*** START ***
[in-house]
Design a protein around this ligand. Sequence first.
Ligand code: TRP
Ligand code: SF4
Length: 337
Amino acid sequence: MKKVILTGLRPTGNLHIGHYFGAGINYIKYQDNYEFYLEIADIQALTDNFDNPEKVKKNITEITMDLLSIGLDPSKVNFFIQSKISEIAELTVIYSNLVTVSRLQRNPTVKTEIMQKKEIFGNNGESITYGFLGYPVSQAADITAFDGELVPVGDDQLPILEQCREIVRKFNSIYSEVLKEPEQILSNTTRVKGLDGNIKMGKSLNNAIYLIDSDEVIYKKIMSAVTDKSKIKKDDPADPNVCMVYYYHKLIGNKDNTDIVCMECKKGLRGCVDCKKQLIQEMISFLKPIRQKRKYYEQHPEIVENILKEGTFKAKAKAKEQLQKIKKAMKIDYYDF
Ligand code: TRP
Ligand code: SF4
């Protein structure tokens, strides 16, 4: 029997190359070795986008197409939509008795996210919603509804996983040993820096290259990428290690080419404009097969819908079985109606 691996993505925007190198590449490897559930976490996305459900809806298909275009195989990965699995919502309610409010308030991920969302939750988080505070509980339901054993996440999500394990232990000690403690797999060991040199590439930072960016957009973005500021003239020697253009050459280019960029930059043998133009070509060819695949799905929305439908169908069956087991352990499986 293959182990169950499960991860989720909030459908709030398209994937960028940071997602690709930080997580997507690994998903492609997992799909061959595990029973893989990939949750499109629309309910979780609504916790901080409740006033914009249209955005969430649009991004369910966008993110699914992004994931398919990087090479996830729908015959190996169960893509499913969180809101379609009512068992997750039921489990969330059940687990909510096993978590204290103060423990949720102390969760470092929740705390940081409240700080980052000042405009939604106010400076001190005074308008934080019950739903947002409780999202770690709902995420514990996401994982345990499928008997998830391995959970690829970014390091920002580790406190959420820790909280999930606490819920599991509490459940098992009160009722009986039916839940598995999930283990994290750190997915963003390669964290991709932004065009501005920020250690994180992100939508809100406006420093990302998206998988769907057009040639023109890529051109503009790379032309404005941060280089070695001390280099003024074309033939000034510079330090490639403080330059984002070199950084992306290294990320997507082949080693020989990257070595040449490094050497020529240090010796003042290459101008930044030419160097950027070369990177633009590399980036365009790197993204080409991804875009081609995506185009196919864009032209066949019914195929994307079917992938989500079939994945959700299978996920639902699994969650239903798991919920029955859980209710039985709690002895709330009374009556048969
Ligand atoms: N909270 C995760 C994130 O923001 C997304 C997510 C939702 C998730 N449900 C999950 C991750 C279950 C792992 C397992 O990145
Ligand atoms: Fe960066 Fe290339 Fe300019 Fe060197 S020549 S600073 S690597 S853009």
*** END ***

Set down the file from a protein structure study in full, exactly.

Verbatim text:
[in-house]
Design a protein around this ligand. Sequence first.
Ligand code: TRP
Ligand code: SF4
Length: 337
Amino acid sequence: MKKVILTGLRPTGNLHIGHYFGAGINYIKYQDNYEFYLEIADIQALTDNFDNPEKVKKNITEITMDLLSIGLDPSKVNFFIQSKISEIAELTVIYSNLVTVSRLQRNPTVKTEIMQKKEIFGNNGESITYGFLGYPVSQAADITAFDGELVPVGDDQLPILEQCREIVRKFNSIYSEVLKEPEQILSNTTRVKGLDGNIKMGKSLNNAIYLIDSDEVIYKKIMSAVTDKSKIKKDDPADPNVCMVYYYHKLIGNKDNTDIVCMECKKGLRGCVDCKKQLIQEMISFLKPIRQKRKYYEQHPEIVENILKEGTFKAKAKAKEQLQKIKKAMKIDYYDF
Ligand code: TRP
Ligand code: SF4
């Protein structure tokens, strides 16, 4: 029997190359070795986008197409939509008795996210919603509804996983040993820096290259990428290690080419404009097969819908079985109606 691996993505925007190198590449490897559930976490996305459900809806298909275009195989990965699995919502309610409010308030991920969302939750988080505070509980339901054993996440999500394990232990000690403690797999060991040199590439930072960016957009973005500021003239020697253009050459280019960029930059043998133009070509060819695949799905929305439908169908069956087991352990499986 293959182990169950499960991860989720909030459908709030398209994937960028940071997602690709930080997580997507690994998903492609997992799909061959595990029973893989990939949750499109629309309910979780609504916790901080409740006033914009249209955005969430649009991004369910966008993110699914992004994931398919990087090479996830729908015959190996169960893509499913969180809101379609009512068992997750039921489990969330059940687990909510096993978590204290103060423990949720102390969760470092929740705390940081409240700080980052000042405009939604106010400076001190005074308008934080019950739903947002409780999202770690709902995420514990996401994982345990499928008997998830391995959970690829970014390091920002580790406190959420820790909280999930606490819920599991509490459940098992009160009722009986039916839940598995999930283990994290750190997915963003390669964290991709932004065009501005920020250690994180992100939508809100406006420093990302998206998988769907057009040639023109890529051109503009790379032309404005941060280089070695001390280099003024074309033939000034510079330090490639403080330059984002070199950084992306290294990320997507082949080693020989990257070595040449490094050497020529240090010796003042290459101008930044030419160097950027070369990177633009590399980036365009790197993204080409991804875009081609995506185009196919864009032209066949019914195929994307079917992938989500079939994945959700299978996920639902699994969650239903798991919920029955859980209710039985709690002895709330009374009556048969
Ligand atoms: N909270 C995760 C994130 O923001 C997304 C997510 C939702 C998730 N449900 C999950 C991750 C279950 C792992 C397992 O990145
Ligand atoms: Fe960066 Fe290339 Fe300019 Fe060197 S020549 S600073 S690597 S853009």